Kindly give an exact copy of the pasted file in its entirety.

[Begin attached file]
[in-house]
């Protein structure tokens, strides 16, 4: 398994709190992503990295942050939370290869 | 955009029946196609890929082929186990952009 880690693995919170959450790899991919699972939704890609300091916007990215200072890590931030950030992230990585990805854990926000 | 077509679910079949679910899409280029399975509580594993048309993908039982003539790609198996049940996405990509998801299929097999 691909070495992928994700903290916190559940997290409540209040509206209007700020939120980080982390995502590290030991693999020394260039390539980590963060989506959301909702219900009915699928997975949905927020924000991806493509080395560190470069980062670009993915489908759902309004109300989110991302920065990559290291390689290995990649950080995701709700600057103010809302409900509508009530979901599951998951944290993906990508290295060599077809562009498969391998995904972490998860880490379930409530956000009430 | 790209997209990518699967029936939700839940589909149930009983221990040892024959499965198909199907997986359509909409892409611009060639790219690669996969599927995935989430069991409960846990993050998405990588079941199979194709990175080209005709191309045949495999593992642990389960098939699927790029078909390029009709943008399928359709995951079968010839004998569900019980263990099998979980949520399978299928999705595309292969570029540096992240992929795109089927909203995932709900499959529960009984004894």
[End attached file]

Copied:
[in-house]
């Protein structure tokens, strides 16, 4: 398994709190992503990295942050939370290869 | 955009029946196609890929082929186990952009 880690693995919170959450790899991919699972939704890609300091916007990215200072890590931030950030992230990585990805854990926000 | 077509679910079949679910899409280029399975509580594993048309993908039982003539790609198996049940996405990509998801299929097999 691909070495992928994700903290916190559940997290409540209040509206209007700020939120980080982390995502590290030991693999020394260039390539980590963060989506959301909702219900009915699928997975949905927020924000991806493509080395560190470069980062670009993915489908759902309004109300989110991302920065990559290291390689290995990649950080995701709700600057103010809302409900509508009530979901599951998951944290993906990508290295060599077809562009498969391998995904972490998860880490379930409530956000009430 | 790209997209990518699967029936939700839940589909149930009983221990040892024959499965198909199907997986359509909409892409611009060639790219690669996969599927995935989430069991409960846990993050998405990588079941199979194709990175080209005709191309045949495999593992642990389960098939699927790029078909390029009709943008399928359709995951079968010839004998569900019980263990099998979980949520399978299928999705595309292969570029540096992240992929795109089927909203995932709900499959529960009984004894």